I feel that the mental abuse that is often wrap up in incest, can and does lead to a mind-set that makes prostitution appears a logical next step.

This can means many girls who enter the sex trade who are survivors of incest, will feel it is their choice.

I felt all I was worth was to be a sex object. Incest destroy my belief that my mind mattered. Incest destroy that I could want to have happiness.

Incest taught me that all I could be was a male fantasy, my dreams were of no importance.

For me the main difference between incest and prostitution is how others react to survivors.

When I speak out about incest, I will be listen to. I am allowed to speak in my words.

Incest will make the listener sad. It may make the listener angry.

Incest is often believed, often viewed as a crime. Many people see incest as an act of violence.

Prostitution is different.

When I speak out about being an ex-prostitution, I am often spoken over.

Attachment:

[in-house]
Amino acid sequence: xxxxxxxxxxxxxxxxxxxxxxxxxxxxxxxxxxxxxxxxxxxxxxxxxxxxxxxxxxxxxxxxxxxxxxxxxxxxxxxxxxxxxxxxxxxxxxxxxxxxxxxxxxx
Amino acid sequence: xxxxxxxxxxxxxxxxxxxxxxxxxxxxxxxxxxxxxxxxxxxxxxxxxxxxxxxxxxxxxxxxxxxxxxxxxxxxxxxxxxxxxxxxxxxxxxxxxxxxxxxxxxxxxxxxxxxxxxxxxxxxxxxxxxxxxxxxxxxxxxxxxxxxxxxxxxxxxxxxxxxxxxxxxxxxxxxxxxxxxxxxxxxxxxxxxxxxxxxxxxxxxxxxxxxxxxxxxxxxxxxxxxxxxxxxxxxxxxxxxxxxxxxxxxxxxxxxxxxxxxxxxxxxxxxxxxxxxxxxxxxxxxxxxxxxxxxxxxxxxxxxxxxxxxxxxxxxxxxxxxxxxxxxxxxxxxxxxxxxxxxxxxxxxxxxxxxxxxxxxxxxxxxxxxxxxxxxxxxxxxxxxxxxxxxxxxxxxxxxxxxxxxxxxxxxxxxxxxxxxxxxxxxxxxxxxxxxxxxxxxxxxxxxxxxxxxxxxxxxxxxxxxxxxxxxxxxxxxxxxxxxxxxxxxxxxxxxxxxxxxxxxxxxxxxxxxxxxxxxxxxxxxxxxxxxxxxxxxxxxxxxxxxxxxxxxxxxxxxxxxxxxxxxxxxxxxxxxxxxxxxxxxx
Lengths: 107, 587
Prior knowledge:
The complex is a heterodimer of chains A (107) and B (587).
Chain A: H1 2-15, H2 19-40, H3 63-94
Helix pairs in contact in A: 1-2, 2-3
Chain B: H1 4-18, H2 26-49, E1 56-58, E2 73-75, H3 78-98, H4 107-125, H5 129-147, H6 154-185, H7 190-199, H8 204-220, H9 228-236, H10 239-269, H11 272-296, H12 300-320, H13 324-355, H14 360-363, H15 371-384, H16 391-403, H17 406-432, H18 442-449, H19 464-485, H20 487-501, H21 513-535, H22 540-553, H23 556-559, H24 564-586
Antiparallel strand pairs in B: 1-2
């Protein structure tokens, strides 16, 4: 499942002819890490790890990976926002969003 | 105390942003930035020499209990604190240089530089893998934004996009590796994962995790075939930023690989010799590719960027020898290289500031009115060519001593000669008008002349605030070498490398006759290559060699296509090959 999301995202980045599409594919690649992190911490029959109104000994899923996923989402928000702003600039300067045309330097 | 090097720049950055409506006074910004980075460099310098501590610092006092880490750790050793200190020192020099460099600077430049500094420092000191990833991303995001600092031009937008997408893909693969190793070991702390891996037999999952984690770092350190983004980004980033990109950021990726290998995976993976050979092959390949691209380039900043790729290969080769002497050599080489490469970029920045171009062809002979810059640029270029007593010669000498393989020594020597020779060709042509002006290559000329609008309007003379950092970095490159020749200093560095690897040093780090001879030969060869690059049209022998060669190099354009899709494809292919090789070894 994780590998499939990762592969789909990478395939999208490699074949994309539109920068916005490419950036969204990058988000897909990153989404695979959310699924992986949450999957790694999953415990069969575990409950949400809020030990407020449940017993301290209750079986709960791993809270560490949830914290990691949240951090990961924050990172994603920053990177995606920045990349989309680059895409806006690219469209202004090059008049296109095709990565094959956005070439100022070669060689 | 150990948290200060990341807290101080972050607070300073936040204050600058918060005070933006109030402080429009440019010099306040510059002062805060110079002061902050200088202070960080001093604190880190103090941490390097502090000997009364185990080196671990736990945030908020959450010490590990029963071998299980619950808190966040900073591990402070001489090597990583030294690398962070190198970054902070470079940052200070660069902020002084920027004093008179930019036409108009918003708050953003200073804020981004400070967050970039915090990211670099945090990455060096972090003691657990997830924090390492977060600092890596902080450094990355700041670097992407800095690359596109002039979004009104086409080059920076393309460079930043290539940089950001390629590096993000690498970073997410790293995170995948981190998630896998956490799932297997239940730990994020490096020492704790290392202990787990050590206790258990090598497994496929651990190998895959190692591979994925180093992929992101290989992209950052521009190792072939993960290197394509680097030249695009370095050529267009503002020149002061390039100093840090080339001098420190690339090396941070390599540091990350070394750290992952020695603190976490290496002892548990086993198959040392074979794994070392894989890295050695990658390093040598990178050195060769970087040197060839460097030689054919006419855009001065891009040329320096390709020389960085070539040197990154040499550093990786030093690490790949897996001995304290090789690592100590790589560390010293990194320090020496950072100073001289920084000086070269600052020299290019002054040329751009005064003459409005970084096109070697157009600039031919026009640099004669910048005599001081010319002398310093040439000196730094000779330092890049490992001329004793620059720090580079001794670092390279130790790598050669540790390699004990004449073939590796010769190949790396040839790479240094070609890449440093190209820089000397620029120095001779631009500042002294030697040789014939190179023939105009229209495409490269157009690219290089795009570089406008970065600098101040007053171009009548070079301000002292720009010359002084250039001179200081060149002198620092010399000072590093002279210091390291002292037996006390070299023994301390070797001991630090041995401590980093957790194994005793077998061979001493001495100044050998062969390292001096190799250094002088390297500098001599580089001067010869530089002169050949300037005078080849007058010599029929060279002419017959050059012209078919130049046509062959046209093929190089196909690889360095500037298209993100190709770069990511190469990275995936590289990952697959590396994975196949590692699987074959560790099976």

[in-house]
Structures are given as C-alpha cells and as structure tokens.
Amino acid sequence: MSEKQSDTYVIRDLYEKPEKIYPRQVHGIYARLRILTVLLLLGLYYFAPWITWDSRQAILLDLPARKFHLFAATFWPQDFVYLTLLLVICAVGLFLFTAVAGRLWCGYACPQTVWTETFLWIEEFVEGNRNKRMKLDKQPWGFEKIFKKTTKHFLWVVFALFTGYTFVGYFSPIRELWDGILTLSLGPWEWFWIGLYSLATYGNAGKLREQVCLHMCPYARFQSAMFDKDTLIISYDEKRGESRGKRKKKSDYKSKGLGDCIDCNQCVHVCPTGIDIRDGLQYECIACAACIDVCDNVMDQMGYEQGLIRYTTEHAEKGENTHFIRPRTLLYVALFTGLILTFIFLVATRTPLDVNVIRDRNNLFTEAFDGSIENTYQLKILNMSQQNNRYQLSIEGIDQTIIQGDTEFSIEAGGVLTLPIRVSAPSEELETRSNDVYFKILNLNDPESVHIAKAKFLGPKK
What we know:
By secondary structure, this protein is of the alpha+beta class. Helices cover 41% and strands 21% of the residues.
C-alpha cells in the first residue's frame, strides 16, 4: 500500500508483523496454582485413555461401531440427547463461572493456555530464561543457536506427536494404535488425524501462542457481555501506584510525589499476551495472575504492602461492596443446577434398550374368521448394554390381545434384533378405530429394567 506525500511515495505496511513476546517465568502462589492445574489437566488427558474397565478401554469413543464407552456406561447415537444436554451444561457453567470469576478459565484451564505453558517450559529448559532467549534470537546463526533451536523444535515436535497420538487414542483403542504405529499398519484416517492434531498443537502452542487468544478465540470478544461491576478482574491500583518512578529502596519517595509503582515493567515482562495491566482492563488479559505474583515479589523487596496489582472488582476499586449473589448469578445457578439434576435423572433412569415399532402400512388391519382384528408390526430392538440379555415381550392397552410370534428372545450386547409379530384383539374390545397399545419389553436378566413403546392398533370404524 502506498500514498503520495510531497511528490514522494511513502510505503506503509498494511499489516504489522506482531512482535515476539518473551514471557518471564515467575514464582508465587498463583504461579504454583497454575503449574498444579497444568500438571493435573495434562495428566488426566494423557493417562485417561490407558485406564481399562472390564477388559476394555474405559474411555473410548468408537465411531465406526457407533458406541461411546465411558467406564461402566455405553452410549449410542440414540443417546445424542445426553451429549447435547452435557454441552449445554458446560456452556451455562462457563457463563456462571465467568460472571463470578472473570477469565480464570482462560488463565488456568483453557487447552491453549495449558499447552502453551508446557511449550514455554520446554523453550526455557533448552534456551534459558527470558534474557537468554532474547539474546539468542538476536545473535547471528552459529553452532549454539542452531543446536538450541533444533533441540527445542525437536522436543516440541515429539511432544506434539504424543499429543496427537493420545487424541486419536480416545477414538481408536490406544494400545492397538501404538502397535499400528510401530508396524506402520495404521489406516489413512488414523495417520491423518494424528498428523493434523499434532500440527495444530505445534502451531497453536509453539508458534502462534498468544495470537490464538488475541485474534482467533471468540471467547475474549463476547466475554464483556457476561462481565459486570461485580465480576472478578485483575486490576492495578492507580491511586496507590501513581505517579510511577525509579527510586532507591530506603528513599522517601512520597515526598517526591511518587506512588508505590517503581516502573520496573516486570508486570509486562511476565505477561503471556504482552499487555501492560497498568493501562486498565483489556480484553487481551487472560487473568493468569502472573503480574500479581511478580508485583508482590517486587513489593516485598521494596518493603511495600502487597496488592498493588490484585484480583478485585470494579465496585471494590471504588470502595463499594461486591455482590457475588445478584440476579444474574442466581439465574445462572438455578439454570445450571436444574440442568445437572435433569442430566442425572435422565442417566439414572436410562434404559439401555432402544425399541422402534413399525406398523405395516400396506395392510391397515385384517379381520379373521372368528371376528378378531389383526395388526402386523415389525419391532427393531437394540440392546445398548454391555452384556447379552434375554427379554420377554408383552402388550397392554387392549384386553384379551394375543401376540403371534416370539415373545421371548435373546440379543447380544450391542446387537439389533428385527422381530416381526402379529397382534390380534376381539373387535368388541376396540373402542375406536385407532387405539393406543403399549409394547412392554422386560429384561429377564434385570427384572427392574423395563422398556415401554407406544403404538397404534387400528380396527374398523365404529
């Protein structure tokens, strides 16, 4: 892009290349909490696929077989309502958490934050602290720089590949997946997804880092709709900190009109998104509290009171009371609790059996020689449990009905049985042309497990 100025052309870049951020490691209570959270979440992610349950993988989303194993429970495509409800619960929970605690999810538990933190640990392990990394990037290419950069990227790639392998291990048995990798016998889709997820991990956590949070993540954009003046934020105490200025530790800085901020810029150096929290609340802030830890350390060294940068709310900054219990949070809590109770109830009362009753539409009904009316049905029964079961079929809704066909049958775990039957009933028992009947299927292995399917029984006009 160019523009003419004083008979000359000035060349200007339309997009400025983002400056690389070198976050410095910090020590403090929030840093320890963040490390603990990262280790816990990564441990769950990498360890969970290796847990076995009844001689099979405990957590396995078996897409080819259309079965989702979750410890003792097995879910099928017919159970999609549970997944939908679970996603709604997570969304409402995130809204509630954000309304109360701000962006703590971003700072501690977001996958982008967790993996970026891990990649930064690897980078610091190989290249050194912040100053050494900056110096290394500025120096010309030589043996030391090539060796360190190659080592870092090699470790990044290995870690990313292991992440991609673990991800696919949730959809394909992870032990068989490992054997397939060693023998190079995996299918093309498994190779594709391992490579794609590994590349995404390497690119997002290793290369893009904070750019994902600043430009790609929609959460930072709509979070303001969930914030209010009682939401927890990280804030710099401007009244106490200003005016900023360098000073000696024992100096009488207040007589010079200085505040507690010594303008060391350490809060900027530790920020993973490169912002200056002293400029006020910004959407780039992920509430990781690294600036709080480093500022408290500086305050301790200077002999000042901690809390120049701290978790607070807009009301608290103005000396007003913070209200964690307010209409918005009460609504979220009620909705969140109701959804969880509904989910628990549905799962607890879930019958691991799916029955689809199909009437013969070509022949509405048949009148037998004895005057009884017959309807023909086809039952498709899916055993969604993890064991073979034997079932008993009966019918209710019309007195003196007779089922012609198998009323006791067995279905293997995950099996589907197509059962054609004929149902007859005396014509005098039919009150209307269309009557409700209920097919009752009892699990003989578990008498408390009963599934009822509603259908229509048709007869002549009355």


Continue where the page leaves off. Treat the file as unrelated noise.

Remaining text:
Many people do not listen or hear what ex-prostitute, instead they place their views on prostitution above the words of the woman who is trying to speak.

I am constantly amazed about how insenitive people are when they know someone is an ex-prostitute. I am bored of hearing politics around prostitution, when often all I wish to say is how I feel about that time in my life.

I believe when I speak out about prostitution, it should have the same respect I get when I speak out about incest.

But as long as prostitution is viewed as a choice, many people will speak over survivors who try to say it is more complicated than that.

The ugly side of prostitution cannot be heard too much, for that might undermine the easy option of viewing prostitution as a “free choice”.


Most prostituted women and girls live with rape on a regular basis.

This makes it very hard to name it as rape.

Instead it place as “part of the job”. It is endured, but never dealt with. For many prostituted women and girls there is no space for having trauma after being raped.

I have lived many rapes. I was raped by my stepdad. I have been through “date rapes”. I have once been raped by a stranger in a subway.

I know that the way I view rapes by men who were “friends” or family is very different to how I view rapes as a prostituted girl or woman.

They were all terrible, but the differences have to be expressed.